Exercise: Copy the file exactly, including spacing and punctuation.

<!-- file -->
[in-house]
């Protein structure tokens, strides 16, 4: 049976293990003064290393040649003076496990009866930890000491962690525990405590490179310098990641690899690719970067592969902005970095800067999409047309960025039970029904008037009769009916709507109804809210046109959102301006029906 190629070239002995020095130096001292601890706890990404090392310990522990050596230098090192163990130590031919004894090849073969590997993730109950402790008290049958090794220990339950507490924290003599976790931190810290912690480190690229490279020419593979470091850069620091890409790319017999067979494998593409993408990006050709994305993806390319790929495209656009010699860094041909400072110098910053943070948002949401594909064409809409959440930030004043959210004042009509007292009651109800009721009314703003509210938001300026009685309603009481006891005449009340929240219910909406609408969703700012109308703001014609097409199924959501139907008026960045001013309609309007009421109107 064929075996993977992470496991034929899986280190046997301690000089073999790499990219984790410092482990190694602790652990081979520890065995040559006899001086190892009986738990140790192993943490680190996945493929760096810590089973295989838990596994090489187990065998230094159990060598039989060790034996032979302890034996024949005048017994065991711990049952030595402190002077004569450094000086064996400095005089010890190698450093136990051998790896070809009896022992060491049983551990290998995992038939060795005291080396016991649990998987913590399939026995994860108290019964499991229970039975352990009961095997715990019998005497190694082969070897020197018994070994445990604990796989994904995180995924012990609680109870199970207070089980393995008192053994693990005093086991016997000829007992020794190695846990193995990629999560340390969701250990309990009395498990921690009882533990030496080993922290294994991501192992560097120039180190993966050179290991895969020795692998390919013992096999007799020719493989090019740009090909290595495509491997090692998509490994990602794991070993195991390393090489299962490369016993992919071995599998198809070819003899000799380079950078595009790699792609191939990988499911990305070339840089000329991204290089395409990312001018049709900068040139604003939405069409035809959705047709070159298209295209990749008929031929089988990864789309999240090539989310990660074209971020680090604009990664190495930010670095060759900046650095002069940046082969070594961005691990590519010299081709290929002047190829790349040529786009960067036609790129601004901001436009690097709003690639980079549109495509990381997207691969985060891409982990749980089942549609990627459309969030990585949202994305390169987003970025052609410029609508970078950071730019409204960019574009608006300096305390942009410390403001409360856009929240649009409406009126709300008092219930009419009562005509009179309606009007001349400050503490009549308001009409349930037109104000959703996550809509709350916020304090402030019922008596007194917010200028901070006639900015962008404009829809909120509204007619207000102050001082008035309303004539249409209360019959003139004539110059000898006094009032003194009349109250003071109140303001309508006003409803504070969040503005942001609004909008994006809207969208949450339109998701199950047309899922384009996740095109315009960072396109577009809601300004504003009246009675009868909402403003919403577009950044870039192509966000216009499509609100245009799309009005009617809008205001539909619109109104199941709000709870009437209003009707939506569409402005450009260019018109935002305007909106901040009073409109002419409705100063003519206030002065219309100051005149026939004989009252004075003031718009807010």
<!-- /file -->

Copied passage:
[in-house]
């Protein structure tokens, strides 16, 4: 049976293990003064290393040649003076496990009866930890000491962690525990405590490179310098990641690899690719970067592969902005970095800067999409047309960025039970029904008037009769009916709507109804809210046109959102301006029906 190629070239002995020095130096001292601890706890990404090392310990522990050596230098090192163990130590031919004894090849073969590997993730109950402790008290049958090794220990339950507490924290003599976790931190810290912690480190690229490279020419593979470091850069620091890409790319017999067979494998593409993408990006050709994305993806390319790929495209656009010699860094041909400072110098910053943070948002949401594909064409809409959440930030004043959210004042009509007292009651109800009721009314703003509210938001300026009685309603009481006891005449009340929240219910909406609408969703700012109308703001014609097409199924959501139907008026960045001013309609309007009421109107 064929075996993977992470496991034929899986280190046997301690000089073999790499990219984790410092482990190694602790652990081979520890065995040559006899001086190892009986738990140790192993943490680190996945493929760096810590089973295989838990596994090489187990065998230094159990060598039989060790034996032979302890034996024949005048017994065991711990049952030595402190002077004569450094000086064996400095005089010890190698450093136990051998790896070809009896022992060491049983551990290998995992038939060795005291080396016991649990998987913590399939026995994860108290019964499991229970039975352990009961095997715990019998005497190694082969070897020197018994070994445990604990796989994904995180995924012990609680109870199970207070089980393995008192053994693990005093086991016997000829007992020794190695846990193995990629999560340390969701250990309990009395498990921690009882533990030496080993922290294994991501192992560097120039180190993966050179290991895969020795692998390919013992096999007799020719493989090019740009090909290595495509491997090692998509490994990602794991070993195991390393090489299962490369016993992919071995599998198809070819003899000799380079950078595009790699792609191939990988499911990305070339840089000329991204290089395409990312001018049709900068040139604003939405069409035809959705047709070159298209295209990749008929031929089988990864789309999240090539989310990660074209971020680090604009990664190495930010670095060759900046650095002069940046082969070594961005691990590519010299081709290929002047190829790349040529786009960067036609790129601004901001436009690097709003690639980079549109495509990381997207691969985060891409982990749980089942549609990627459309969030990585949202994305390169987003970025052609410029609508970078950071730019409204960019574009608006300096305390942009410390403001409360856009929240649009409406009126709300008092219930009419009562005509009179309606009007001349400050503490009549308001009409349930037109104000959703996550809509709350916020304090402030019922008596007194917010200028901070006639900015962008404009829809909120509204007619207000102050001082008035309303004539249409209360019959003139004539110059000898006094009032003194009349109250003071109140303001309508006003409803504070969040503005942001609004909008994006809207969208949450339109998701199950047309899922384009996740095109315009960072396109577009809601300004504003009246009675009868909402403003919403577009950044870039192509966000216009499509609100245009799309009005009617809008205001539909619109109104199941709000709870009437209003009707939506569409402005450009260019018109935002305007909106901040009073409109002419409705100063003519206030002065219309100051005149026939004989009252004075003031718009807010």